Hybrid and electric vehicles can both run on electricity but their emissions, running costs and maintenance vary. So which is the right choice for you?
A hybrid car is one that uses a combination of electricity stored in batteries but also has a petrol or diesel engine. It means these cars use both a fuel tank and a battery pack to supply their power and maximise their efficiency.
There are generally two types of hybrid cars: standard hybrids and plug-in hybrids.
Standard hybrid cars have self-generating batteries where the petrol or diesel engine is used to recharge the battery. The charging power is generated through braking and driving.
Plug-in hybrid vehicles (PHEVs) have bigger batteries, which will last longer than standard hybrid batteries. You plug these in at a charging station with a cable, the same way electric cars are charged
An electric car runs purely on electricity. Electric Vehicles (EVs) are charged by plugging the car in to charge points.
These cars can be charged at home, using a normal household three-pin plug or a home fast-charging point, or at various public and roadside charging points. The electric power from charging is stored in the EV’s battery, which is used by the electric motor to move the car.
Electric and hybrid cars are much more economical to run than traditional cars. But there are still some differences in running costs between the two:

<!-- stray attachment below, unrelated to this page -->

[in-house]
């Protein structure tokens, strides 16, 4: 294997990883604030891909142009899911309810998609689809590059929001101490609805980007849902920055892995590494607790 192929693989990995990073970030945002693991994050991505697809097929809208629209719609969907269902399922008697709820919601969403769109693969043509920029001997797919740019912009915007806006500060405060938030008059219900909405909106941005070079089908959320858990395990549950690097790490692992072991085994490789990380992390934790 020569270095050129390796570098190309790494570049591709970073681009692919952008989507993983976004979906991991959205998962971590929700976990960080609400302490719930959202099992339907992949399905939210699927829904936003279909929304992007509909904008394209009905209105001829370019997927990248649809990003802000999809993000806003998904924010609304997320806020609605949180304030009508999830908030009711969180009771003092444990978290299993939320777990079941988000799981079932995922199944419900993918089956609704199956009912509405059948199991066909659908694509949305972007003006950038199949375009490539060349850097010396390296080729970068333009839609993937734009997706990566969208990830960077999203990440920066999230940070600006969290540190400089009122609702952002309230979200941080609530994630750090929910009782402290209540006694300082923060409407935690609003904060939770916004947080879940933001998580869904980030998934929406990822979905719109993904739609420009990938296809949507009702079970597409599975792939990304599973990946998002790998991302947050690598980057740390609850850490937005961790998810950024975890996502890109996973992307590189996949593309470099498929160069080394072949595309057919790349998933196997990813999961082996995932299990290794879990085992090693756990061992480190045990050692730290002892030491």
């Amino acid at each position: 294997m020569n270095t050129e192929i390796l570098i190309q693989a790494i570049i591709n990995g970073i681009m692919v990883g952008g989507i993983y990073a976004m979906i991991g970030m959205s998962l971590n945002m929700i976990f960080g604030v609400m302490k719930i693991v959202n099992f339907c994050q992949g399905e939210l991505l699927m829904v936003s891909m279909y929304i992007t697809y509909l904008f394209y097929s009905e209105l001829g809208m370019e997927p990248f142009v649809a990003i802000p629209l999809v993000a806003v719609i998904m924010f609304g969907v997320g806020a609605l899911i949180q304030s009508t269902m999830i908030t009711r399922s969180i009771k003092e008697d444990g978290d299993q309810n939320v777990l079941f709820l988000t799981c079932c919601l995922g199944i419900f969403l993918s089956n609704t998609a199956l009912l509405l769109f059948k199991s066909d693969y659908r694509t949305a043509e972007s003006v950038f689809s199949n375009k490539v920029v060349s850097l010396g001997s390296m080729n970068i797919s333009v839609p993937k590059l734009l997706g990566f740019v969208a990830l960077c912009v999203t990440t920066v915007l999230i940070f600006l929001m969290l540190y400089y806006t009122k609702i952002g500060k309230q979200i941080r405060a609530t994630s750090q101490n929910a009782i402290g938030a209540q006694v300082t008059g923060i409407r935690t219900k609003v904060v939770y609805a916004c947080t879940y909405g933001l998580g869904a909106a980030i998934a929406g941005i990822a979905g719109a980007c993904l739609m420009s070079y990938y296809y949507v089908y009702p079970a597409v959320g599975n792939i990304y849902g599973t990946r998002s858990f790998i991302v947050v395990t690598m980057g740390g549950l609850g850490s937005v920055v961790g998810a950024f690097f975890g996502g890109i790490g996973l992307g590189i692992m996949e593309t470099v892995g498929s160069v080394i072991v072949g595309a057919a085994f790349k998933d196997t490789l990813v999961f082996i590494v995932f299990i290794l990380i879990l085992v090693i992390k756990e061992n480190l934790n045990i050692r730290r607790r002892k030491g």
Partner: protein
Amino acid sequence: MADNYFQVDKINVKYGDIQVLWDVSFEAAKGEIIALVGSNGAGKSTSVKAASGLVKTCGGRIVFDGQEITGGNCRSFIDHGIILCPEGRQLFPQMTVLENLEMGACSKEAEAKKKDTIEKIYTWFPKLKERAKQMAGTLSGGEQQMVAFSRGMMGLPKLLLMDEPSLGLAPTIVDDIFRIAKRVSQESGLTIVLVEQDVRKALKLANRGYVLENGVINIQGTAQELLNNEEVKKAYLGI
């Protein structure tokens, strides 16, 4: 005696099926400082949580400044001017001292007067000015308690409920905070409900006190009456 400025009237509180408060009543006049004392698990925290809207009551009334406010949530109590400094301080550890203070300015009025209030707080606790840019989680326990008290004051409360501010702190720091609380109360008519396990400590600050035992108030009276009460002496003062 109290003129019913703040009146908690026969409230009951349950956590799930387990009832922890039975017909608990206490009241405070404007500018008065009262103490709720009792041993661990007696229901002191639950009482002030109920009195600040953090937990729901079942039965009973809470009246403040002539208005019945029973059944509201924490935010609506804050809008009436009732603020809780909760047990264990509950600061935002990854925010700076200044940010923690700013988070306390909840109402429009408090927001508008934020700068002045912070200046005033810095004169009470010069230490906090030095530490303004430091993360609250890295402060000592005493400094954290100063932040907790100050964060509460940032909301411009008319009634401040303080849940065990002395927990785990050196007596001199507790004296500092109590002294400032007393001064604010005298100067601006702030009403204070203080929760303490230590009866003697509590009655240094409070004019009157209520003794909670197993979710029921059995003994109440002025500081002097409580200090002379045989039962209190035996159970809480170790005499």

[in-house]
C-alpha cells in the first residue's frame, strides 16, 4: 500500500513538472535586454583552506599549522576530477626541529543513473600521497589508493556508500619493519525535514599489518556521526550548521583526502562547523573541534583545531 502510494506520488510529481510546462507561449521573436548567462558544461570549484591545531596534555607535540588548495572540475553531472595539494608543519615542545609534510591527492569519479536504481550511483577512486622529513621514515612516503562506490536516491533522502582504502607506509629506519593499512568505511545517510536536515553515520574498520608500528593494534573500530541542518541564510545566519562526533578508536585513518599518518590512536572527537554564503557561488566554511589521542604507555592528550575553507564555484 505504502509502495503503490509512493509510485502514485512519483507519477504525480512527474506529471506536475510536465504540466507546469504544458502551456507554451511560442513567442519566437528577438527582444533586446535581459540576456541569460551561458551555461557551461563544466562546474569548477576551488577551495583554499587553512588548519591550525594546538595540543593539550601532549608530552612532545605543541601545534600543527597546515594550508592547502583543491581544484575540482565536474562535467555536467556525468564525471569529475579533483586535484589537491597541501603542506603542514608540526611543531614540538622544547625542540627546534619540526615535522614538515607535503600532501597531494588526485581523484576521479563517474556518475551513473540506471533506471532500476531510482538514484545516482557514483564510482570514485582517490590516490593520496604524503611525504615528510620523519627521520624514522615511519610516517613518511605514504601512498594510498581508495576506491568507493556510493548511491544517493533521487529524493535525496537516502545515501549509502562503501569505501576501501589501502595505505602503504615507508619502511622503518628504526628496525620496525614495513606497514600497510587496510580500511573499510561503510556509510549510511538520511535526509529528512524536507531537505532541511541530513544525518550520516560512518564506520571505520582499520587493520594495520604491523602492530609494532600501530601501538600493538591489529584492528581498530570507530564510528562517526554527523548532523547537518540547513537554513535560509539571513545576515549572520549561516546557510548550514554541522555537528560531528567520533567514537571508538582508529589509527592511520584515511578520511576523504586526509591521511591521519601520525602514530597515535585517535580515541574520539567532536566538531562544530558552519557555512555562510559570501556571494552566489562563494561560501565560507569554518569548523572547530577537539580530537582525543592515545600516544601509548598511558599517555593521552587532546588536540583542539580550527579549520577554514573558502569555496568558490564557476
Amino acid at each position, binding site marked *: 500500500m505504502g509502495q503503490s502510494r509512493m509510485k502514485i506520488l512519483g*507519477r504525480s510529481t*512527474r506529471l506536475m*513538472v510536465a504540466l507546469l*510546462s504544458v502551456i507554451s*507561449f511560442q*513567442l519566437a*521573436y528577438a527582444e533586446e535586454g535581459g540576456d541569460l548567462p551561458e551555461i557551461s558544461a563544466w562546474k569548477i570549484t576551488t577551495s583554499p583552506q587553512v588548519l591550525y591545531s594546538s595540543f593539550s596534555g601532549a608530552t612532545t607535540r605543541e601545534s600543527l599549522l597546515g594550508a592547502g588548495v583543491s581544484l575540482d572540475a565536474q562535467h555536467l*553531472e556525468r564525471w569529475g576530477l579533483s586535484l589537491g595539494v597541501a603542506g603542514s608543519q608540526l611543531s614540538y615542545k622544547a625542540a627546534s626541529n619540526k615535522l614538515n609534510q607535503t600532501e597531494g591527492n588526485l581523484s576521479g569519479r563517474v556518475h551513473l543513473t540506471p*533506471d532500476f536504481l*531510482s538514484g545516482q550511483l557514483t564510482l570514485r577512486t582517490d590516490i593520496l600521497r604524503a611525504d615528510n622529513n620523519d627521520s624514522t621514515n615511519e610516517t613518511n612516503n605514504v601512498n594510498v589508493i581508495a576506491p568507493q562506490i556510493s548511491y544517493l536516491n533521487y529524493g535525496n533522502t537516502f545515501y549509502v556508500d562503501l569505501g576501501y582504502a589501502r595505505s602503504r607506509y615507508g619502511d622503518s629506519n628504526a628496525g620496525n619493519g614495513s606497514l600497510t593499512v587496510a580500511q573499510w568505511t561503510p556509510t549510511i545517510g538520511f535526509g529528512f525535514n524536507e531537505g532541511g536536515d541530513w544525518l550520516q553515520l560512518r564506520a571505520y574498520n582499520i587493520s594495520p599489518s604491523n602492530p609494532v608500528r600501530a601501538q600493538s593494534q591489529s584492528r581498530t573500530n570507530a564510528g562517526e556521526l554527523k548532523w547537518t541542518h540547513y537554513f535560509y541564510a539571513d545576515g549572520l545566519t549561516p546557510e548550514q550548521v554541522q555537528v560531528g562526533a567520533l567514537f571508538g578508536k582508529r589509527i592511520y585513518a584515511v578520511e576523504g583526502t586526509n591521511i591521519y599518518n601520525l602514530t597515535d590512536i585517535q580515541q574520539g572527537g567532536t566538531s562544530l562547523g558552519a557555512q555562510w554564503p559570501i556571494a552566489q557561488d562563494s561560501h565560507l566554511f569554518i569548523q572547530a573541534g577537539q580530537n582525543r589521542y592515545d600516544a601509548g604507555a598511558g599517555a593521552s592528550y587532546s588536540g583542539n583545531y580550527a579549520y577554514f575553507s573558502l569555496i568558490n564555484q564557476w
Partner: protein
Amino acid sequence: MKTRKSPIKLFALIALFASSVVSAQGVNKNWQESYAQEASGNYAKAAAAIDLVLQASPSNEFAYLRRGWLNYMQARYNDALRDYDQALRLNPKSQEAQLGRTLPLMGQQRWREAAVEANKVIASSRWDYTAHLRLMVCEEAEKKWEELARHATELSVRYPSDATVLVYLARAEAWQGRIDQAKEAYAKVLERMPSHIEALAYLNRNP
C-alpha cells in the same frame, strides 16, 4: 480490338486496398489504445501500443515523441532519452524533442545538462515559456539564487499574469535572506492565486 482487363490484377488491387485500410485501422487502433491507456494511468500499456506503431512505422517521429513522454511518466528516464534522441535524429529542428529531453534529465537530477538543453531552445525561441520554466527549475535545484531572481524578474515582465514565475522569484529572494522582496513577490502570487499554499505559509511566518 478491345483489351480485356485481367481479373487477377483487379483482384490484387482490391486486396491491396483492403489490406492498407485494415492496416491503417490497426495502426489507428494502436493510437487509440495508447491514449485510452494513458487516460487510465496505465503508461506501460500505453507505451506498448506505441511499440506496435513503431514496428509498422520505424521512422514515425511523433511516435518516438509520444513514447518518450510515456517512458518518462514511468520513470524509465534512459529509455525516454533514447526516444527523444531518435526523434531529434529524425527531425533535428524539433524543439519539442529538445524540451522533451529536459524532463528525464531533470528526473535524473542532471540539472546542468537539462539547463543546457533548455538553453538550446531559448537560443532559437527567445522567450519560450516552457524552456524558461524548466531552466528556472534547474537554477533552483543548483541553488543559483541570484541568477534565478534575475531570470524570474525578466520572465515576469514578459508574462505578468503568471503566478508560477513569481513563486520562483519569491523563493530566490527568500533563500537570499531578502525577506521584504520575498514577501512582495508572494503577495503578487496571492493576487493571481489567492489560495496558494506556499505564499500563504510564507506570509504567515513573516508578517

With fewer moving parts electric cars tend to need much less maintenance and avoid the usual repair costs associated with regular engines, like oil changes and cam belt replacements.
Hybrid cars still need these parts maintaining due to their dual-engine, but sharing the load with their electric motor can reduce the wear and tear. So, although they’re likely to need more maintenance than EVs, they generally won’t cost as much to maintain and service as regular cars.
There are a number of incentives to encourage people to buy low-emission cars and these include government grant schemes and tax reductions. These discounts differ in which type of cars are eligible:
Both electric cars and PHEVs are eligible for this government scheme. If you have a home with off-street parking that’s suitable for an electric car charger, this grant will give you up to £350 towards the costs of buying and installing a home wallbox charger.
Only all-electric cars are eligible for this scheme that provides a discount on the price of a brand new low-emission car. This grant allows you to get up to £2,500 off the price of a new car providing your EV costs less than £35,000, emits less than 50g/km of CO2 and can travel at least 70 miles with zero emissions.
The cleaner vehicle discount applies to all battery electric vehicles and only plug-in hybrids that have been approved as an ‘ultra-low emission vehicle’ by the Office for Low Emission Vehicles. This discount allows all eligible cars to avoid paying the £15 daily charge if you drive within London’s congestion zone.
In 2020, the UK government announced there will be a ban on selling hybrid cars from 2035 or earlier. This may add a further incentive for people to buy electric cars over hybrids, as their availability and popularity increases.
Electric cars are increasingly popular, they’re clean, quiet and use the latest in car technology, so what are the advantages and disadvantages of buying one?
Hybrid cars are seen as a good compromise for people who want to enjoy the benefits of an electric car but the flexibility of using conventional fuels too, so how do they rack up?